On the Silk Road there is brilliance and splendour, but also simplicity and ordinariness. It is a road on which people worked arduously and have even given their lives. So it was in ancient times, as it is today. All of which come together to form the Silk Road Economic Belt, an integrated region with an abundance of flavour.
The concept of the “Belt and Road” in ancient times
By Wang Zhongdi 文/ 王钟的
The overland Silk Road stretched from Chang’an (today’s Xi’an in Shaanxi Province), capital of China in the Han Dynasty, to the Roman Empire passing through northwestern China, Central Asia, and the Middle East. In the 1870s, Ferdinand Freiherr von Richthofen (1833- 1905), the noted German geographer, coined the term “Silk Road”, as this trade route was used mainly for transporting silk. The famous Swedish explorer Sven Hedin popularized the term through his best seller The Silk Road .
Opinions vary regarding the origin of the Silk Road. As early as 139 BC, Emperor Wu of Han sent his envoy Zhang Qian to the west, who reached as far as today’s Uzbekistan. In 97 AD, Ban Chao, the Han general in charge of the Western Regions, sent his deputy Gan Ying to the Roman Empire, who reached the Persian Gulf, the first time that the Silk Road connected Asia to Europe. In 166 AD, Roman emissaries arrived in Luoyang and established diplomatic relations with China. The Silk Road, a route connecting the East and the West was then officially in place.
Different from official government expeditions, there were few records of goods being transported the entire length of the Silk Road, at least not before Marc Polo arrived in China. In other words, the Silk Road was made up of relatively short trade routes connected by intermediaries. The route marked on today’s world map gives people the misconception that a convoy of camels would set off from Chang’an and end up in Rome, traversing through deserts, grasslands, snow-capped mountains and seas. That of course was not true, as traders at the time had limited budgets and lacked the knowhow.
The second misconception about the Silk Road is that it was only a trade route for selling China’s silk to Europe. In fact, from the time of the Han Dynasty, silk production techniques spread to Central and Western Asia, and even the Persians soon mastered the techniques. As China gradually lost its monopolistic advantage in silk, tea and porcelain later became the main export.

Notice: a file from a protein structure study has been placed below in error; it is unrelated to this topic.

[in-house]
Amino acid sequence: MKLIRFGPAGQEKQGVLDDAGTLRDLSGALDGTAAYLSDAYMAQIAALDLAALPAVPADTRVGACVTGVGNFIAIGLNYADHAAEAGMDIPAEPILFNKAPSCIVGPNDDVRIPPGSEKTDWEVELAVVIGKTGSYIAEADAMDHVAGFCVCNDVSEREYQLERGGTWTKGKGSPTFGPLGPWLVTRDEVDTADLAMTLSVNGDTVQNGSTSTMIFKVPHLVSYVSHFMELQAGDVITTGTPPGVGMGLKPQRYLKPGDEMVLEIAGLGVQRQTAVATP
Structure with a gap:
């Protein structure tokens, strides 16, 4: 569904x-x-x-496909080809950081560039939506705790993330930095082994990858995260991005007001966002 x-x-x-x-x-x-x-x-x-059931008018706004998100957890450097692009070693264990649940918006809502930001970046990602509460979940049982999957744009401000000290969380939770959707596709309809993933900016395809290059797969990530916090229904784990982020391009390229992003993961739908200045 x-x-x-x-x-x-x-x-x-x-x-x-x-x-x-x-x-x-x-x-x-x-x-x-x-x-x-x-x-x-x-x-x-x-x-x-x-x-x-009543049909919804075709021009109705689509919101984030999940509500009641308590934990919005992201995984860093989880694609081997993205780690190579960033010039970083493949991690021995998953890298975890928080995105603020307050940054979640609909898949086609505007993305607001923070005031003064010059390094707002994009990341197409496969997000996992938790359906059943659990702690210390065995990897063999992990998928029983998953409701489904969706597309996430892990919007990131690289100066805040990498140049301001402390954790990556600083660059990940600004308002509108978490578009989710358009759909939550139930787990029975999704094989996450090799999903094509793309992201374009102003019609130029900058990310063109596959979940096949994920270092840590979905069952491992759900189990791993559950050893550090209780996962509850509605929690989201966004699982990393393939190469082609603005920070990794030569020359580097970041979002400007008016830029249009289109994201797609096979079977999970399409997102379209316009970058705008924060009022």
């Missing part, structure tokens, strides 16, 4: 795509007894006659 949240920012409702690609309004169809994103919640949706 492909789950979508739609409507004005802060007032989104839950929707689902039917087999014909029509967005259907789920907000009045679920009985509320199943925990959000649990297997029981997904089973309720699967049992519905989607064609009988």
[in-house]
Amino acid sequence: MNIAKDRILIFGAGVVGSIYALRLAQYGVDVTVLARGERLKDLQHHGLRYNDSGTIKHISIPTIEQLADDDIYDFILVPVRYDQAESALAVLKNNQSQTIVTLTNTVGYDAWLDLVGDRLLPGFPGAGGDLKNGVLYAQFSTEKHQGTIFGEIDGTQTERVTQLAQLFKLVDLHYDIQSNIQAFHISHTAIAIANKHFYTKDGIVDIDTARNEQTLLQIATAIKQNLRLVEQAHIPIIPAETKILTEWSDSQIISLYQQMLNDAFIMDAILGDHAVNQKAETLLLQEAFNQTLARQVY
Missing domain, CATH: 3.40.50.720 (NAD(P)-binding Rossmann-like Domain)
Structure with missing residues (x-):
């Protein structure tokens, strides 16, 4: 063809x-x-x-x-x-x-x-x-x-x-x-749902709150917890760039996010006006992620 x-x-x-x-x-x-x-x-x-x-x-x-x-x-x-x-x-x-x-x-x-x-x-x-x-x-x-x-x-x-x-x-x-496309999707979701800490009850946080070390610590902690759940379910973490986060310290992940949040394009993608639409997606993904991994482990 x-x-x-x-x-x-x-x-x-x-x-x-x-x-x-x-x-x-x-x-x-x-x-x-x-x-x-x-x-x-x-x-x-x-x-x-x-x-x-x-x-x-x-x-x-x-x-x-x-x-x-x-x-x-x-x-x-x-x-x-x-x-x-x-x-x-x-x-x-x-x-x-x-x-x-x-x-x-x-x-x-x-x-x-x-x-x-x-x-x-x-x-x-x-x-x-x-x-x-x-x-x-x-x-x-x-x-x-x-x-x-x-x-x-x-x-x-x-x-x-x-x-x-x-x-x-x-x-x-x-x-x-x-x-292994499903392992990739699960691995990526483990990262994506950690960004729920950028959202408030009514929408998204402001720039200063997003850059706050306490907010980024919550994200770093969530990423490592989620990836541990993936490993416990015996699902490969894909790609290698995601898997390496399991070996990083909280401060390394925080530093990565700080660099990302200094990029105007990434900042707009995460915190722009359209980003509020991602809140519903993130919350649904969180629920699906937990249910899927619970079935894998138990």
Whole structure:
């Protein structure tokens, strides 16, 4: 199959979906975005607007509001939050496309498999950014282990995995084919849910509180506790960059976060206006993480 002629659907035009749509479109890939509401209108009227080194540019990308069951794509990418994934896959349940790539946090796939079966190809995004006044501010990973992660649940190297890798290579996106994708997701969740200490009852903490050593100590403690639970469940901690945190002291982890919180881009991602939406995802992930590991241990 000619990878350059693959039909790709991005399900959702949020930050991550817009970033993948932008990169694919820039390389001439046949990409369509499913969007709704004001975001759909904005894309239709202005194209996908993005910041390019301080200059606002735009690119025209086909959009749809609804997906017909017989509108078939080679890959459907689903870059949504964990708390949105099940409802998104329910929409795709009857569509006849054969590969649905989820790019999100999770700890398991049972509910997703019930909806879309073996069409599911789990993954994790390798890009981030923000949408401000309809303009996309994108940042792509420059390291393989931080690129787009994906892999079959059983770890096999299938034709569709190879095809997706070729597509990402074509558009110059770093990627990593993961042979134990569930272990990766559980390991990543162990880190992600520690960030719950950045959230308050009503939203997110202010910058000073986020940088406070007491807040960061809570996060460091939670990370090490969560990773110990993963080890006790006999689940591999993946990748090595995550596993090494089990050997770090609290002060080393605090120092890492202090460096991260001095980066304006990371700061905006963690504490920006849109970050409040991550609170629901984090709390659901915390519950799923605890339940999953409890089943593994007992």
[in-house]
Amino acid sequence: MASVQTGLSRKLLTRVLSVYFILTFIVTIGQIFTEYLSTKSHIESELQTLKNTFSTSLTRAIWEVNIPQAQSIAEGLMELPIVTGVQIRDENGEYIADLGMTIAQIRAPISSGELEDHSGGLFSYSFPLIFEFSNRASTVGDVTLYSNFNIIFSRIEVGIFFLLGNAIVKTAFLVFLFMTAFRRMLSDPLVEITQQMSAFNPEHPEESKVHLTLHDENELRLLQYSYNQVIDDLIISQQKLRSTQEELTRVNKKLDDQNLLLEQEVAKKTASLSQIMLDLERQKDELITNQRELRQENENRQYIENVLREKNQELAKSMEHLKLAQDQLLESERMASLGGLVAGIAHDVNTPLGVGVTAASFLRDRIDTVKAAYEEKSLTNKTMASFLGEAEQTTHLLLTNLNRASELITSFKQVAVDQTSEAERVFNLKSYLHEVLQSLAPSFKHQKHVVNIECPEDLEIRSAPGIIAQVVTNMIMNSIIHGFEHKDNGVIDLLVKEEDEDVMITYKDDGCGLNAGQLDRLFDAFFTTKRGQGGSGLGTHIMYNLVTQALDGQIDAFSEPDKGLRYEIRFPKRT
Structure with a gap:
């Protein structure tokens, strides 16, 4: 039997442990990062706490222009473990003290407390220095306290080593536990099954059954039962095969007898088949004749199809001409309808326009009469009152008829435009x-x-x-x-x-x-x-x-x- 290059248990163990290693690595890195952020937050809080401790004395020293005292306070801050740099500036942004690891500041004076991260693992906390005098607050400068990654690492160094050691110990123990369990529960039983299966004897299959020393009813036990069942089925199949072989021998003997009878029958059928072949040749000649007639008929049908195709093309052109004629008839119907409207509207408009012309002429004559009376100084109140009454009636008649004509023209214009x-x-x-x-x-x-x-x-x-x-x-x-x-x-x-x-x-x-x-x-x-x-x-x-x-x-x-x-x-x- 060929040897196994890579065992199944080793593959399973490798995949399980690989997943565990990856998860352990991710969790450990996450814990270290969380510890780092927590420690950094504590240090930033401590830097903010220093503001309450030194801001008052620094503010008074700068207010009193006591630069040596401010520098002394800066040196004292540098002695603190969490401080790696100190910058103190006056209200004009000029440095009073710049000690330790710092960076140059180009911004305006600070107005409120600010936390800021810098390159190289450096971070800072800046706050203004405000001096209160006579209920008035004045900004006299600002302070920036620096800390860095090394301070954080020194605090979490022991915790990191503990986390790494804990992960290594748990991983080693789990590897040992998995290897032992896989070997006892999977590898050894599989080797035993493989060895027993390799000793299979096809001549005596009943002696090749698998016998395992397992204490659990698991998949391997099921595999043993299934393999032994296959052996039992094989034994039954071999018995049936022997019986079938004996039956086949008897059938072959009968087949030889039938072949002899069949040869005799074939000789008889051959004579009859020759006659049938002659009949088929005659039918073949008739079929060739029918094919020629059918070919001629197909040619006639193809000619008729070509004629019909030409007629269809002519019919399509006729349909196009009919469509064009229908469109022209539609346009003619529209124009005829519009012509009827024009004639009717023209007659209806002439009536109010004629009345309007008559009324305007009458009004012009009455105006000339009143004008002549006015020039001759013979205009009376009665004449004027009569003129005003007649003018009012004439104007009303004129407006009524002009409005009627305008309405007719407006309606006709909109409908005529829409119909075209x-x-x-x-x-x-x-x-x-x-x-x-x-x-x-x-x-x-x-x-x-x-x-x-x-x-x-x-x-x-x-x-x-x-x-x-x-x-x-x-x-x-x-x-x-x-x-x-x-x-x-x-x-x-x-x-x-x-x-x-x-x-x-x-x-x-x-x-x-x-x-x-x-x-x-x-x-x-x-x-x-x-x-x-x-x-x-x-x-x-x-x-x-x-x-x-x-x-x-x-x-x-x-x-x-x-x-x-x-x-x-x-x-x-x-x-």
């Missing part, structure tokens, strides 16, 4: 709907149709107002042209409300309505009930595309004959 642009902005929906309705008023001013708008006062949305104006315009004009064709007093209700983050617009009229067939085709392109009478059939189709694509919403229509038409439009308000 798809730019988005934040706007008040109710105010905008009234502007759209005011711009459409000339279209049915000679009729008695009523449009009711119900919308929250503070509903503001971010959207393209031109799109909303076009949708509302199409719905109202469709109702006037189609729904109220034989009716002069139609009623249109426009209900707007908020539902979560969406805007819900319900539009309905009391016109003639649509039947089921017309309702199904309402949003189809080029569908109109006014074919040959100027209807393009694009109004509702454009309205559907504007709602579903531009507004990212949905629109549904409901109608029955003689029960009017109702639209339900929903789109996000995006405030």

Although ancient China was not known as a maritime country, a few great emperors cast their eyes to the sea. An envoy sent by Emperor Wu of Han once sailed through the South China Sea and the Indian Ocean, past Southeast Asia, and across the Bay of Bengal, and returned only after they reached Ceylon (today’s Sri Lanka) off the southeastern tip of the Indian peninsula. Later on, there existed three major trading ports in the Song Dynasty: Guangzhou, Ningbo and Quanzhou. Setting off from these three ports, merchant ships could reach Japan, the Korean peninsula, Southeast Asia and Arabic speaking regions.
After the establishment of the Ming Dynasty in 1368, China’s rulers initially enforced strict policies that restricted maritime trade. Some merchants became smuggler, which helped to preserve trade on the maritime Silk Road. From 1405 to 1433, however, Zhu Di, the third emperor of the Ming Dynasty, sent Zheng He on expeditionary voyages to the Indian Ocean. Zheng, in charge of a fleet with over 200 giant vessels and more than 20,000 armed troops, made a total of seven such voyages, reaching as far as the east coast of Africa and the Red Sea. However, the purpose of Zheng’s voyages was to establish a Chinese presence and to collect exotic treasures for the emperor, rather than to establish trade routes.
Like the overland Silk Road, silk was not the only thing being traded along the maritime Silk Road. Besides silk, porcelain was one of the other main Chinese exports. China didn’t use to have the tradition of burning incense, a custom that was only introduced as Indian incense and spice were brought into China via the maritime Silk Road. Therefore, the maritime Silk Road was also known as Incense Road or Spice Road. The route was divided into sections. Chinese merchants transported silk and porcelain to India via the Strait of Malacca and Sumatra, purchased spices and dyes and brought them back to China. Indian merchants, who bought the silk and porcelain, transported them to the Egyptian port of Cairo via the Red Sea, or to the Euphrates and Tigris areas via the Persian Gulf. Then Greek and Roman merchants took the goods from Alexandria, Gaza and other Mediterranean ports and transported them by sea to cities and towns in Greece and the Roman Empire.
The concept of “Belt and Road” today takes a different form from that of ancient times, owing to modern transportation technology. Such methods of transportation as trains, ships and planes have long since removed barriers to direct trade between cities in China and those in Central Asia, the Middle East and Europe. A route, which in the past took years or even decades to cover, takes only a few hours today. Although our modern technology was beyond the imagination of the ancient Chinese, their gargantuan efforts in boosting trade and cultural exchange means that they continue to be an inspiration for the development of the “Belt and Road” initiative.
Published in Confucius Institute Magazine
Magazine 43. Volume 2. March 2016.